New Danish assessment makes future uncertain for Syrian asylum seekers

An assessment by the Immigration Service (Udlændingestyrelsen) of the security situation in Syria’s Damascus province could affect refugees from that region who seek asylum in Denmark, and those already granted it.

New Danish assessment makes future uncertain for Syrian asylum seekers
File photo: Jens Nørgaard Larsen/Ritzau Scanpix

For the first time since 2013, the Danish immigration agency does not consider the situation across all of Syria to automatically qualify refugees from the Middle Eastern country for temporary asylum status.

Specifically, this could affect the cases of persons from the Damascus province, the Ministry of Immigration and Integration stated in a press statement Thursday evening.

The decision was made on the basis of a report on conditions in Syria published by the Immigration Service on February 21st, the statement said.

The agency considered there to be a “general improvement of conditions in government-controlled areas in Syria, including the Damascus province in particular,” the ministry wrote.

Asylum seekers who come to Denmark from Damascus province will therefore no longer automatically be given temporary asylum based on conditions of conflict in the Syrian province.

The Refugee Appeals Board (Flygtningenævnet) has also changed its assessment of the situation in Syria. The board made its decision after several months’ work, including a visit to the country, deputy director Anders Dorph told Ritzau.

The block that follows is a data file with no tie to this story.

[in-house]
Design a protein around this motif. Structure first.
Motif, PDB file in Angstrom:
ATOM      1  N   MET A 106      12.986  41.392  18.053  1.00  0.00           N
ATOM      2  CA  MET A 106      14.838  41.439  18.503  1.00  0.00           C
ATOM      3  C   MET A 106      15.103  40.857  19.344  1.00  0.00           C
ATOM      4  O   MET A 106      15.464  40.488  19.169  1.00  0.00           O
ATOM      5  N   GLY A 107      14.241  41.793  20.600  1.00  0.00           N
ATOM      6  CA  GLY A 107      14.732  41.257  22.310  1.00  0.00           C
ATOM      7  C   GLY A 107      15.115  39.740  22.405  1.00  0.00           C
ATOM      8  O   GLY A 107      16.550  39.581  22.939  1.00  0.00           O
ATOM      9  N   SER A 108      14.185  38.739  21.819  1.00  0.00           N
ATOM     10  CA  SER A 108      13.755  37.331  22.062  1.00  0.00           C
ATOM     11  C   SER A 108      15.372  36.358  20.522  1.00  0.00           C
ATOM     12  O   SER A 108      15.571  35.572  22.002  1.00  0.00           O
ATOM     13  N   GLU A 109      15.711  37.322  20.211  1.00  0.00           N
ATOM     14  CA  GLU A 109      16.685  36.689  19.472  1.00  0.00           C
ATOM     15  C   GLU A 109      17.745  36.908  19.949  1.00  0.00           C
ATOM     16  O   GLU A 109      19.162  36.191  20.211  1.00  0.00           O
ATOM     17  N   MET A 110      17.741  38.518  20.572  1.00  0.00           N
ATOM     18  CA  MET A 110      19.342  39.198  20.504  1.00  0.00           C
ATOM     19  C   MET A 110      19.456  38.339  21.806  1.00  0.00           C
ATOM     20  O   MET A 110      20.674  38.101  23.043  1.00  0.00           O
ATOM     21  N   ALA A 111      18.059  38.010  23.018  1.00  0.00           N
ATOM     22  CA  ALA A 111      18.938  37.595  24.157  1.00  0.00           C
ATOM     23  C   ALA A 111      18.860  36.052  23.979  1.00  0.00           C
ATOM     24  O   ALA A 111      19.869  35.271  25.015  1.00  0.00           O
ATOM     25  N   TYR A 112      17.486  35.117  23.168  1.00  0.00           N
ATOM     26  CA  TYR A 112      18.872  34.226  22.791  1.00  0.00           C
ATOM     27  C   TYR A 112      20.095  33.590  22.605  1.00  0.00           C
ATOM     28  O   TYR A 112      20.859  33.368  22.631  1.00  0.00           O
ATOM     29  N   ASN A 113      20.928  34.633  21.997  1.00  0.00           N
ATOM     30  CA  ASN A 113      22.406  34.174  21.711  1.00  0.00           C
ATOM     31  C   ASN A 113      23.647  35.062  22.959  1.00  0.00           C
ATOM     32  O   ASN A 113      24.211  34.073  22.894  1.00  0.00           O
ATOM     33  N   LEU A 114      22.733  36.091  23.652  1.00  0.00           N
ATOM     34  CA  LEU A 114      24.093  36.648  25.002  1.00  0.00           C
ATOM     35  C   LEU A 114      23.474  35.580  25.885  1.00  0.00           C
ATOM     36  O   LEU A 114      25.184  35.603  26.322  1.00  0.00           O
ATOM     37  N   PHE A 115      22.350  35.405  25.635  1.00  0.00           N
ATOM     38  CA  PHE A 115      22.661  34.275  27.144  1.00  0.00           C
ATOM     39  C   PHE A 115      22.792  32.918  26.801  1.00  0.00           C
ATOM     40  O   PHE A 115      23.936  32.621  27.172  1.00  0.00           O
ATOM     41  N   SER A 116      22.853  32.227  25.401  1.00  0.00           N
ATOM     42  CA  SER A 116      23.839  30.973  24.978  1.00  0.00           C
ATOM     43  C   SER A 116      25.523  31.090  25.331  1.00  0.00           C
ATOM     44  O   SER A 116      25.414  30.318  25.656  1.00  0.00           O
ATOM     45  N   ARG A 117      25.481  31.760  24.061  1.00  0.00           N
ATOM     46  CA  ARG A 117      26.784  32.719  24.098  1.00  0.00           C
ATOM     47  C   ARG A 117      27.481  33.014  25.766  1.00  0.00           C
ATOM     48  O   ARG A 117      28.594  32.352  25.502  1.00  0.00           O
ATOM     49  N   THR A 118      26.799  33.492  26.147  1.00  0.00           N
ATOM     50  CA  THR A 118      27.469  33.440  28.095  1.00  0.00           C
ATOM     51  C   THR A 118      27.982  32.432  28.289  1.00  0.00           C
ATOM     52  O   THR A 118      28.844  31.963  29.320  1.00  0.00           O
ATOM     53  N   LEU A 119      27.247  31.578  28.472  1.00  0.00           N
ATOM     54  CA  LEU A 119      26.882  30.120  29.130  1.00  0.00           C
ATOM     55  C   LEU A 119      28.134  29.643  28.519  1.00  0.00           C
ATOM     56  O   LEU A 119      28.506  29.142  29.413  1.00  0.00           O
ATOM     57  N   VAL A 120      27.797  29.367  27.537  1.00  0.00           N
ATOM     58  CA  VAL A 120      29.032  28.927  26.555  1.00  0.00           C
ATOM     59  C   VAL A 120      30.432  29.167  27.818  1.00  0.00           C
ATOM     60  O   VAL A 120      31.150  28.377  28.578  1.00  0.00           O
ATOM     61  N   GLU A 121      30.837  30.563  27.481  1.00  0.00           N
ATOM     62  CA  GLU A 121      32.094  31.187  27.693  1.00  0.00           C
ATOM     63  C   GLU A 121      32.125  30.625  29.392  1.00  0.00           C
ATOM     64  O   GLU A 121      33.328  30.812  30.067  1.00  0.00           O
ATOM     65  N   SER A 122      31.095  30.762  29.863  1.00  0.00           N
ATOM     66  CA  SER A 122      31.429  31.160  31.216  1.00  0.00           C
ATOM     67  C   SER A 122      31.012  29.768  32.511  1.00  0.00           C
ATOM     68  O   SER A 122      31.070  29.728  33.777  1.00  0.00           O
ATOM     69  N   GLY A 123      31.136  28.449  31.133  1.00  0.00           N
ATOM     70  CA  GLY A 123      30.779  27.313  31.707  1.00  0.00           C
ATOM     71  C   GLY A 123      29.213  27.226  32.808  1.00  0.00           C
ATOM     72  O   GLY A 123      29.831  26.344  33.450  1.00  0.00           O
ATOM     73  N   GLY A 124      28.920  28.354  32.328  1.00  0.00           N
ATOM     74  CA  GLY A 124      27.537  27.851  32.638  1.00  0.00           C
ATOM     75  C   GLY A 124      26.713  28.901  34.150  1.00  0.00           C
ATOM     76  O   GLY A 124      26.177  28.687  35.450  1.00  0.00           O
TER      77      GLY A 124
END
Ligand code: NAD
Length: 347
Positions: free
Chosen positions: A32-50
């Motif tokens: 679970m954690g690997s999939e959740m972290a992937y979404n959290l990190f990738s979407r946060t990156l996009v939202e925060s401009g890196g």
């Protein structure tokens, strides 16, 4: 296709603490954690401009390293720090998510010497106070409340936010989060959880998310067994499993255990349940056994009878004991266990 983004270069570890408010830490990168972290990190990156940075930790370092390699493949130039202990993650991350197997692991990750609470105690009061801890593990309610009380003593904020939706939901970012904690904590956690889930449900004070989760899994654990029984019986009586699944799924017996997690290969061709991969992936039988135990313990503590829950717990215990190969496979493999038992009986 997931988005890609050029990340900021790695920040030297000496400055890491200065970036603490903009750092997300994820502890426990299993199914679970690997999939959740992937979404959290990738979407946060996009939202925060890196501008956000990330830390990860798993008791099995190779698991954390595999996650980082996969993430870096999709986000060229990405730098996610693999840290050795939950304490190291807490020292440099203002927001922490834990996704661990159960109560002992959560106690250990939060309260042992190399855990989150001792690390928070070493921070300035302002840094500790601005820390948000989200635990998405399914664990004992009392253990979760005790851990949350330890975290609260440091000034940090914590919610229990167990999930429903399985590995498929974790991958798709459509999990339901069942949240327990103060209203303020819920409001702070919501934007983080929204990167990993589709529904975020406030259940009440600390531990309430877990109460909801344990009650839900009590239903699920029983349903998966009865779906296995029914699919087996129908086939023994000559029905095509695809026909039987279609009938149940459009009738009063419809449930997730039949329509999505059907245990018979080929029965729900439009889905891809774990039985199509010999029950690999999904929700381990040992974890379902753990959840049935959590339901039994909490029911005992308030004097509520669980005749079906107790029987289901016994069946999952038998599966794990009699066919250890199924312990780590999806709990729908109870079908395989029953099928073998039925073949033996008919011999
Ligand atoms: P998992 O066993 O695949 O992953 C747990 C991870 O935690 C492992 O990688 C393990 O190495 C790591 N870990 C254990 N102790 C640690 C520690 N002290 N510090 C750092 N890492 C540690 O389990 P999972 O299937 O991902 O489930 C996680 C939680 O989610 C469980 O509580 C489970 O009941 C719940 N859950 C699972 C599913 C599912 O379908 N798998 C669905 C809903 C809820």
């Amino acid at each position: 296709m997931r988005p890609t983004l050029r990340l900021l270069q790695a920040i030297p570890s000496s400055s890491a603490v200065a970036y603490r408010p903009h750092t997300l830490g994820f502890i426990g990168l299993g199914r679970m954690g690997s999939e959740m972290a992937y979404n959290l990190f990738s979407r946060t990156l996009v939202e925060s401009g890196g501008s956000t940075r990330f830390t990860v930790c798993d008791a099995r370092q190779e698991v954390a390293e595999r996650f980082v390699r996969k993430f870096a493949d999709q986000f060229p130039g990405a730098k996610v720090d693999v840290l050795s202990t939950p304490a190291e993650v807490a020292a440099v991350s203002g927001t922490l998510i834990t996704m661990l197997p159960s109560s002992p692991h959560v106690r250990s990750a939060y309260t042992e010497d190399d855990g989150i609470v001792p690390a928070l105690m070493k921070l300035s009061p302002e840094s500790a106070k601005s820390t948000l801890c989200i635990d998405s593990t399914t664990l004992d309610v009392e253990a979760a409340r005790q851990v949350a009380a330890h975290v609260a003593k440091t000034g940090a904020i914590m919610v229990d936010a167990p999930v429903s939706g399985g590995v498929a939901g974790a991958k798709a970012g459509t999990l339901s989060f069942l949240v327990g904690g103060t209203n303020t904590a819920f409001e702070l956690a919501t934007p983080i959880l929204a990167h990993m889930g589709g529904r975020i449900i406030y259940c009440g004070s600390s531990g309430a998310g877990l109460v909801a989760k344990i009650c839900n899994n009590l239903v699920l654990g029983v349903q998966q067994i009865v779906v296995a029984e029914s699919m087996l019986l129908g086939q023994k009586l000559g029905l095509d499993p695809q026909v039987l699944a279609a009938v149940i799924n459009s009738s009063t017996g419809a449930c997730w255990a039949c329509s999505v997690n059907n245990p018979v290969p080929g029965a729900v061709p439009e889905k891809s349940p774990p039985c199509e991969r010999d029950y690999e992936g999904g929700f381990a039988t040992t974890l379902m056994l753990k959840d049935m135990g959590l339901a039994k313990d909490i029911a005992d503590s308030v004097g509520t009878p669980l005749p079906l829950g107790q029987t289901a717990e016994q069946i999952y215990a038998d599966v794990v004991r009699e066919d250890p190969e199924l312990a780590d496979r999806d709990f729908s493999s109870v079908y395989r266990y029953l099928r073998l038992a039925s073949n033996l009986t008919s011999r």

“We went to Damascus in March (2018) and made a report. We were there again in November. It is our view that there has been a long period in which there has not been a large number of combat situations,” Dorph said.

Both Danish authorities now consider combat and civilian losses in Syria to be “geographically limited”.

As such, returning to the Damascus province will no longer be considered to put the safety of asylum seekers under threat, without the presence of other factors.

“Being in the area is not on its own cause for asylum,” Dorph said.

The change in the view taken by the two agencies could affect some Syrians already in Denmark, as well as those who seek asylum in future.

Temporary asylum status (midlertidig beskyttelsesstatus) is given one year at a time. In cases in which people have been granted asylum on the basis that it would be dangerous to return to Damascus province, that status could be revoked, if that was the sole reason for granting asylum.

The Refugee Appeals Board is the body with which Immigration Service decisions can be appealed.

Dorph told Ritzau that, since 2015, 4,700 people had been granted temporary asylum status based solely on the reason that it would be dangerous to return home.

It is not clear from initial reporting how many of these may now face having to return to Damascus province, or what other factors, including, for example, political persecution, can affect outcomes.

The new position taken by authorities could later be extended to other parts of Syria, according to the appeals board director.

“We believe we have information to cover Damascus province,” he said to Ritzau.

“I cannot rule out other areas, namely government-controlled areas, where we may be able to make the same assessment. But initially, we will look at cases from Damascus province,” he said.

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Denmark suspends asylum centre talks with Rwanda